Strangely enough, in re-watching the movie; it is Clint’s character that suffers most from his co-stars being so good. He is of course iconic, and looks amazing. He’s cool as fuck at all times, and his schtick was fully formed even then. However, it is definitely a menage ‘o three, and he is possibly (and I understand the gravitas of these words), the least interesting of the main characters, at least some of the time anyway. He’s no Dudley Do Right as I’ve already said, but I guess the good guy often suffers in being a little less interesting than the baddies in the movies. I guess by that rationale; Tuco corners the market. One does still root for Blonde however, and of course the poster I had on my wall as a young kid was of Eastwood, all Poncho, hat, blue eyes and gun, not either of the others.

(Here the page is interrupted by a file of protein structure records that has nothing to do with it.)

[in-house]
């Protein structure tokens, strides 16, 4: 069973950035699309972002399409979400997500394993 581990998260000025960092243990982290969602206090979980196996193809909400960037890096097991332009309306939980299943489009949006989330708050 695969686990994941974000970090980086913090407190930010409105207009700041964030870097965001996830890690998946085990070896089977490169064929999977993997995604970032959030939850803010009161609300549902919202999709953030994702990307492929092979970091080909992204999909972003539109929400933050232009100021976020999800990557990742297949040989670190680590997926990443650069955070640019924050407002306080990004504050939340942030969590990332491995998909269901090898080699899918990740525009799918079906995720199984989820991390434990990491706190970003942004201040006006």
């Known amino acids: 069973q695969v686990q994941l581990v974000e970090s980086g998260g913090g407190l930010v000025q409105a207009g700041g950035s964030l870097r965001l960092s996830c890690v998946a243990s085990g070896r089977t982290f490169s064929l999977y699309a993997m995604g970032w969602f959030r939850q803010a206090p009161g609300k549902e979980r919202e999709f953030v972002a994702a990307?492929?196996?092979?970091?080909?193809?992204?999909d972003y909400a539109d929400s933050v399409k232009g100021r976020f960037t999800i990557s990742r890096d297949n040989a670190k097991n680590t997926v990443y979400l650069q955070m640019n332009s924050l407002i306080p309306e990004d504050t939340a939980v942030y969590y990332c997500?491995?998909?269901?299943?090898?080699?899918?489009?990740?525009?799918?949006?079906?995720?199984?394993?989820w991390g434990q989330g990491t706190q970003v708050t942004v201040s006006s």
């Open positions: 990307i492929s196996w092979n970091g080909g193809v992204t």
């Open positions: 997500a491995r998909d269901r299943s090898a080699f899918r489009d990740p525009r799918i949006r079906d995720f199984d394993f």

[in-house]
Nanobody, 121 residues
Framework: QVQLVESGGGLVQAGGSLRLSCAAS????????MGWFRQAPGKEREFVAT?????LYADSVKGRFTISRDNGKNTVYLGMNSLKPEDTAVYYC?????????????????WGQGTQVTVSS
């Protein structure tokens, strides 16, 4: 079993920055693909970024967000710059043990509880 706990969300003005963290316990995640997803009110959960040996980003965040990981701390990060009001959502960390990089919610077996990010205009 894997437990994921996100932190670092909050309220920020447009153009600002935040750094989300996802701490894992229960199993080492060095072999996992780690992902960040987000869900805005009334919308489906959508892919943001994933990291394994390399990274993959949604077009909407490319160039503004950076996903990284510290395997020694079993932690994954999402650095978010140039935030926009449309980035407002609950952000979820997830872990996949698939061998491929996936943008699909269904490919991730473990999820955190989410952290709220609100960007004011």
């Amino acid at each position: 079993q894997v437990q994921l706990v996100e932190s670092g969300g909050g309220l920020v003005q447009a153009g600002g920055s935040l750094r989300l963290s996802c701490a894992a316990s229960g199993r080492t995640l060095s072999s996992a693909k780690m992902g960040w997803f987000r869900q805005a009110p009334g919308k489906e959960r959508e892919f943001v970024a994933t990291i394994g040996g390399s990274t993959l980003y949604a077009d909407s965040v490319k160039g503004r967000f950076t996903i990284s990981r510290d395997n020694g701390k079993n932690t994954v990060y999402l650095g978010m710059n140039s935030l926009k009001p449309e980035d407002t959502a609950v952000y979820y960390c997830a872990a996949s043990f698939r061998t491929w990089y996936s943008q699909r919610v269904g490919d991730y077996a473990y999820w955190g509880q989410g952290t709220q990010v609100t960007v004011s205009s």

So a word now, if I may on the music, as this film is characterised for many by its legendary main theme. Ennio Morricone of course had scored the previous ‘Dollars’ movies, and these too have become highly regarded, influential and oft parodied works. However, it is the main theme from GBU that has passed into legend and lore, and gone way beyond the realm of the mere western fan, or even just those who’ve seen the movie. People who have never even heard of Sergio Leone, or Ennio Morricone for that matter, can sing you the opening stanza of GBU’s main theme. I mean, if you want to quickly do an impression of a cool gunslinger; what do you do? What does almost everyone do?…….you walk slowly, say something cool, draw your imaginary gun, shoot, and then whistle the GBU theme while walking cool into the sunset. Am I right? I’m right.